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The English Profile (2): Identifying criterial features in learner languages

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Since 2001 the Common European Framework of Reference for Languages: learning, teaching and assessment (CEFR) has been disseminated widely and has been translated into approximately 30 languages. It has now become a common reference instrument for organising language teaching and certification in many member states of the Council of Europe and there is also growing interest in many other parts of the world. However, immediately after its publication there was criticism of the CEFR with regard to its empirical basis; the validity and psychological reality of the proficiency levels; and the cross-linguistic alignment of proficiency levels. The English Profile Programme, which started in 2005, provides a scientifically underpinned reaction to such comments. Its main goal is to gain a more refined understanding of English proficiency levels which are described in the CEFR in terms of general “can-do” statements. It is a long-term endeavour to develop and refine Reference Level Descriptions for English covering all six levels of the CEFR from A1 to C2, in line with the Council of Europe’s recommendations. In this paper we propose to give some information about the research topics studied by the researchers within the RCEAL strand. In particular we will focus on the projects using data from the Cambridge Learner Corpus to look for criterial features in the written language of L2 learners from a wide variety of backgrounds (L1s and countries of origin). Results have been gathered over the last few years in the domains of morphology (tense marking, marking the progressive, use of articles), syntax (word order and complexity), and, at a different level of language, semantics (choice of verbs versus satellites to mark change of location), pragmatics and discourse phenomena (appropriate use of personal pronouns to track reference, etc.) and will form the main constituent of this talk.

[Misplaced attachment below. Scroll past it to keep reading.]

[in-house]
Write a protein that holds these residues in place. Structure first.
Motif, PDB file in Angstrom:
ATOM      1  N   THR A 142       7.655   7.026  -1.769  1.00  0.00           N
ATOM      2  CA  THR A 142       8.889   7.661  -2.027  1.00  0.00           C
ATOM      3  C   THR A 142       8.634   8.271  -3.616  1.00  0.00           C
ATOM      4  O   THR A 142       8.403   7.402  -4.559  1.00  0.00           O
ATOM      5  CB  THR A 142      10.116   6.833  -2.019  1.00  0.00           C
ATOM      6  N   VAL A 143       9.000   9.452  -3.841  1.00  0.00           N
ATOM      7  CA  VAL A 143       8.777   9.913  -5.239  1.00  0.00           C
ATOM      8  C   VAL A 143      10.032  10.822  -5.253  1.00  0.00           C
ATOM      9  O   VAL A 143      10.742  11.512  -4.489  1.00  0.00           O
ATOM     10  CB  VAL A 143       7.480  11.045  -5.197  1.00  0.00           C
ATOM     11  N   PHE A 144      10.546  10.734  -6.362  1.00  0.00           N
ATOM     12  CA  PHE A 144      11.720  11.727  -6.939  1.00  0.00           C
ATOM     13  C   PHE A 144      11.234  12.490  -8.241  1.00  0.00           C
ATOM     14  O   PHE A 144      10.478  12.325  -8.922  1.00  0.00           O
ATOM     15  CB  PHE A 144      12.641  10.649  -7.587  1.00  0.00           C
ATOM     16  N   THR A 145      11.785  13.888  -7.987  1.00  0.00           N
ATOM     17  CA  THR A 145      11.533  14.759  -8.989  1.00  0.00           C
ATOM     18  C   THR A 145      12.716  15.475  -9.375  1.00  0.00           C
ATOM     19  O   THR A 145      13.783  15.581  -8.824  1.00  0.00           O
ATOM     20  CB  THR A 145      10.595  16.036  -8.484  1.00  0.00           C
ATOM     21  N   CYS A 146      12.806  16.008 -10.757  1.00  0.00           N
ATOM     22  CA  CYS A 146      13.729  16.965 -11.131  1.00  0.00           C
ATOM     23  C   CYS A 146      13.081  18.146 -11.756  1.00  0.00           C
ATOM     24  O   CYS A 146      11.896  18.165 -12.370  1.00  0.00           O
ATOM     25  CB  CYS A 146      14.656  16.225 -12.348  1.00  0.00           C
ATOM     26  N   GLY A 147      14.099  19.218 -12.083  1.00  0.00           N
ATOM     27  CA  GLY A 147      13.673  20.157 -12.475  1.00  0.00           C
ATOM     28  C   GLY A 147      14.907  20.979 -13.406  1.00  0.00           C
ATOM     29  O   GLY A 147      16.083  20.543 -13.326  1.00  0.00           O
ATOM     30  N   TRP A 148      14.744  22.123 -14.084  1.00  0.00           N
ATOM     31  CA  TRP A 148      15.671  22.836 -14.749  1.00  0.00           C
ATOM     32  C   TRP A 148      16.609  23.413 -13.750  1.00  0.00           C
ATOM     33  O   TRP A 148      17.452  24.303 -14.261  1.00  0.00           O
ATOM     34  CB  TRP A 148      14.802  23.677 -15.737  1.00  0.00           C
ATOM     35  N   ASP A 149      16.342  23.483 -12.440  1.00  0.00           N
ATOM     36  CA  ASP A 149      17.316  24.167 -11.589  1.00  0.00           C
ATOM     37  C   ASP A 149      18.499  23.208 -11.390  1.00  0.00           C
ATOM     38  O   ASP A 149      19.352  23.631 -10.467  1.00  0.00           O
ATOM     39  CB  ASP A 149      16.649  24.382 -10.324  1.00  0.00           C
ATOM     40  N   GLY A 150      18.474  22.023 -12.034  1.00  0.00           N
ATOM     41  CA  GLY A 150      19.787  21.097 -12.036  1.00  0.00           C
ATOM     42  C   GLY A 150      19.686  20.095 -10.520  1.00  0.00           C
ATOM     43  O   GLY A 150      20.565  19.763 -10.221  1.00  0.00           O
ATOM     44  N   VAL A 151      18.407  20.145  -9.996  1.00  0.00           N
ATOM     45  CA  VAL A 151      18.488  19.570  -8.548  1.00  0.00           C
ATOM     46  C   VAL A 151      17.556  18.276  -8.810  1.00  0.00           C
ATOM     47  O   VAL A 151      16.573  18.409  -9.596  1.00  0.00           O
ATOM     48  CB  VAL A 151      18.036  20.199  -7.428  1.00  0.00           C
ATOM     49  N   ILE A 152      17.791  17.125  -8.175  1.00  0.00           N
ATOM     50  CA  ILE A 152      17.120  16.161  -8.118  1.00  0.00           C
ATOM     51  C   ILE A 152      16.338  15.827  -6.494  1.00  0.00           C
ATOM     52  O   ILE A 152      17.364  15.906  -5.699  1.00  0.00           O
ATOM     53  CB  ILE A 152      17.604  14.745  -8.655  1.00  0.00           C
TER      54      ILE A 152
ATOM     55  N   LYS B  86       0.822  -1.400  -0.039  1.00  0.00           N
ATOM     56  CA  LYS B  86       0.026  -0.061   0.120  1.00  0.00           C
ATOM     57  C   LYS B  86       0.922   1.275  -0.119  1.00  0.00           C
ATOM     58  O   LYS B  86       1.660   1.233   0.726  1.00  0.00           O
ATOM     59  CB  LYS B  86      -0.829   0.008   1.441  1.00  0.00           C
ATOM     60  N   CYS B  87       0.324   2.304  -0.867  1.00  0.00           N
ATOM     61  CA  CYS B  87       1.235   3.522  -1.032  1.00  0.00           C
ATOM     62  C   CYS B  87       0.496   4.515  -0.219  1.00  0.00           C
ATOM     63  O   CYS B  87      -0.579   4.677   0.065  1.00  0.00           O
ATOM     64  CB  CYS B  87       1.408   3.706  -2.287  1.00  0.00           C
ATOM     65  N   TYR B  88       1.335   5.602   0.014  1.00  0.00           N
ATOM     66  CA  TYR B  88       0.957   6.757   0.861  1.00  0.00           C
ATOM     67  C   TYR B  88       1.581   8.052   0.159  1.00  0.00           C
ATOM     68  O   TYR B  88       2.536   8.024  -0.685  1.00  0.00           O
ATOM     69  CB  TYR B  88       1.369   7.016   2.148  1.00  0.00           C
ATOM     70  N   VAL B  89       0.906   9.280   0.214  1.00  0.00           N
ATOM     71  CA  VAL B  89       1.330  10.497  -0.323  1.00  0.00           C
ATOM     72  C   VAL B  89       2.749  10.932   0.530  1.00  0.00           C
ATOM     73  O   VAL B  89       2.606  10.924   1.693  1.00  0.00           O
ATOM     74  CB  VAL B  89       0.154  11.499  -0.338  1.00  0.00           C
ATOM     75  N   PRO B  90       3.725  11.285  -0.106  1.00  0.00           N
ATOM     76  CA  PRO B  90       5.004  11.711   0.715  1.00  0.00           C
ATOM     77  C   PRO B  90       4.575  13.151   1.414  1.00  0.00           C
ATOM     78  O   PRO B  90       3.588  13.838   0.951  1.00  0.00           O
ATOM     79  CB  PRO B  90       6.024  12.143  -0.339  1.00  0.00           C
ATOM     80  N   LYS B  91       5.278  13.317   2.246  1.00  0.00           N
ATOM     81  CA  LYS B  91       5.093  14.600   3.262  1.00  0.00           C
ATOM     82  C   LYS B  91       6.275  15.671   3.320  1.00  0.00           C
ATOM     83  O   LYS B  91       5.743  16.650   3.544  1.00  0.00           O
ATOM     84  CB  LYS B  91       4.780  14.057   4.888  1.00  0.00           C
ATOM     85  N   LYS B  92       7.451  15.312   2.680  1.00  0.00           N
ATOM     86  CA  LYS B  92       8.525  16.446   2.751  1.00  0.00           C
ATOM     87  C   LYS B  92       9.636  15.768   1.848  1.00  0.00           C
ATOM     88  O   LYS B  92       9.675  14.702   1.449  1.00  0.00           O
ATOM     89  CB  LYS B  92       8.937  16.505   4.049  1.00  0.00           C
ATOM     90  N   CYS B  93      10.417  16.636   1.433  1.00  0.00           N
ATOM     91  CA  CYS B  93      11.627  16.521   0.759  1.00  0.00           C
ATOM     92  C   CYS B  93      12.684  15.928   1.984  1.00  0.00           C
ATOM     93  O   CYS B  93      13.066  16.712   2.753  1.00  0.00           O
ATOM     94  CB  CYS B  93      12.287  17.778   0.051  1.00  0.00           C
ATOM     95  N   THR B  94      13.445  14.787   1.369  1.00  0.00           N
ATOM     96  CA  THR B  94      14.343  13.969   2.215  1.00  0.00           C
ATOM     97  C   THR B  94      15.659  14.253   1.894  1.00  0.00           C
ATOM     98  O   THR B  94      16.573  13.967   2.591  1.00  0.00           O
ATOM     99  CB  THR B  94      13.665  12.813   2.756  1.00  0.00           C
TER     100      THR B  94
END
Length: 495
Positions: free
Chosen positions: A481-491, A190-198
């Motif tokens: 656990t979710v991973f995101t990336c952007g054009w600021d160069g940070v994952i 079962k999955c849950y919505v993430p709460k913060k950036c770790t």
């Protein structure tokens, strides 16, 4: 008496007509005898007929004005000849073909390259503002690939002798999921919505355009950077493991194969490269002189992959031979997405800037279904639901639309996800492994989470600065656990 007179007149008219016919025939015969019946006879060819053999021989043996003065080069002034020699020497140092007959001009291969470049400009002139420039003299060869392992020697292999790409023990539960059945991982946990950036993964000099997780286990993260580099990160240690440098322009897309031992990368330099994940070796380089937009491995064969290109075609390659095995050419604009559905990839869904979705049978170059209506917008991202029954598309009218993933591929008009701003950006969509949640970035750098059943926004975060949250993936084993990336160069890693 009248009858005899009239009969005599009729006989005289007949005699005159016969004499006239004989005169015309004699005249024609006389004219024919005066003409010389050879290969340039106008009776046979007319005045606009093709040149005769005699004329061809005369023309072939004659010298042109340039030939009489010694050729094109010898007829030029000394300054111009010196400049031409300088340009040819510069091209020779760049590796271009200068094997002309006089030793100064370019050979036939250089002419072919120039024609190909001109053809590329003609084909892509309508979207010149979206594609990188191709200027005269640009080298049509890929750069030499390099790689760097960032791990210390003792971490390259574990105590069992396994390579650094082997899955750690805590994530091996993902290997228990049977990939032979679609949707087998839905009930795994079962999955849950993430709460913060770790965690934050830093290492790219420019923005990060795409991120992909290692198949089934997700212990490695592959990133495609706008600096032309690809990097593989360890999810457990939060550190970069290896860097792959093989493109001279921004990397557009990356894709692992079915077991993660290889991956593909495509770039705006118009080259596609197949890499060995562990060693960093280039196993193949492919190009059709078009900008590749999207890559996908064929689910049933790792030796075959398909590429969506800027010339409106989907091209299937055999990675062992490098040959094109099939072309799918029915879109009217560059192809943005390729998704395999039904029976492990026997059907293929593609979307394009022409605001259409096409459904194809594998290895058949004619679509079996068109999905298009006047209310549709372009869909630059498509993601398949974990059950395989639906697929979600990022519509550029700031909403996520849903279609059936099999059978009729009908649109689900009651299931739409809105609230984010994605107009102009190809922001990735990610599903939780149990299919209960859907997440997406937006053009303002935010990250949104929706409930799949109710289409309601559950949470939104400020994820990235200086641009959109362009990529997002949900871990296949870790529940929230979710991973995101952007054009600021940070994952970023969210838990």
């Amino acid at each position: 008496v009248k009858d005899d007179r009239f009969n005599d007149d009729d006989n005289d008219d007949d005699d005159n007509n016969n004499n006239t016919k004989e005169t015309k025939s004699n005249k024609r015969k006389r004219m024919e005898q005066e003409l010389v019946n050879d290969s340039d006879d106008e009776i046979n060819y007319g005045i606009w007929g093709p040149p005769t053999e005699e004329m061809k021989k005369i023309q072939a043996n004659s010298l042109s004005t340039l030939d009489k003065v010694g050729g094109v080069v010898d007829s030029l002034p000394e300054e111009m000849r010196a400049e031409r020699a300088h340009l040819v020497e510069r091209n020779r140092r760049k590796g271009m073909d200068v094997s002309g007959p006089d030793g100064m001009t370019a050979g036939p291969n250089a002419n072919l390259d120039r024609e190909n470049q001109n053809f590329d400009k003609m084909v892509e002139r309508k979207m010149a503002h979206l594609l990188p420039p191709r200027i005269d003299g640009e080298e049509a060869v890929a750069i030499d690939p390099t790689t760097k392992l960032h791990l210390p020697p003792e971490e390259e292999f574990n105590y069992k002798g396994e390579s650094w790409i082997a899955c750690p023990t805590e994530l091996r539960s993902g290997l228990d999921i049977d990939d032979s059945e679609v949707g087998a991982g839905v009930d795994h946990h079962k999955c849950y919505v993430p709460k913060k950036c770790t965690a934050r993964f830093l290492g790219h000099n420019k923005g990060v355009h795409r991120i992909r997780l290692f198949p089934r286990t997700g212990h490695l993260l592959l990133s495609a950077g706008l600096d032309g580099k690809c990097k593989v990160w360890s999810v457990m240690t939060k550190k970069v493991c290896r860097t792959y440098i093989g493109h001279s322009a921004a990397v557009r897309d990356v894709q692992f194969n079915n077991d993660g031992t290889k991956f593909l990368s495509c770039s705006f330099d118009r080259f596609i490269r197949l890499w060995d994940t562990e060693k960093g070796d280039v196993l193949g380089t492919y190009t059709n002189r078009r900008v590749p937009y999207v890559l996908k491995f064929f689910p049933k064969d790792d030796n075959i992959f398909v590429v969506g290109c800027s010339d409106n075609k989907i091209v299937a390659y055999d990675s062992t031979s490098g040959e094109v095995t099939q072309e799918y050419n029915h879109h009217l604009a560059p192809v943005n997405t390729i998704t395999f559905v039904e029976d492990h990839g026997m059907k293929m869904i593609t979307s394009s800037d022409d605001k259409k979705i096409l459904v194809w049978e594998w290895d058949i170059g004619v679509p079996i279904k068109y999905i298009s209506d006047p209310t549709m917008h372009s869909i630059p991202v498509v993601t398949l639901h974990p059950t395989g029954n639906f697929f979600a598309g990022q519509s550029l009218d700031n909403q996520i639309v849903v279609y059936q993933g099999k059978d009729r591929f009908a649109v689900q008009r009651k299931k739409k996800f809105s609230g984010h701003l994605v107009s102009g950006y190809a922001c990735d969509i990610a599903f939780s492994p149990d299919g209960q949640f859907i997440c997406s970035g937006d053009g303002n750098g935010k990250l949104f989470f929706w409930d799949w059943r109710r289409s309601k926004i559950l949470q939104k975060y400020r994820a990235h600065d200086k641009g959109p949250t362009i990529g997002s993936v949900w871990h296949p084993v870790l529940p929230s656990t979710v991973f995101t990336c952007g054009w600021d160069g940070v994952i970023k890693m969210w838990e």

This talk is part of the Second Language Education Group series.

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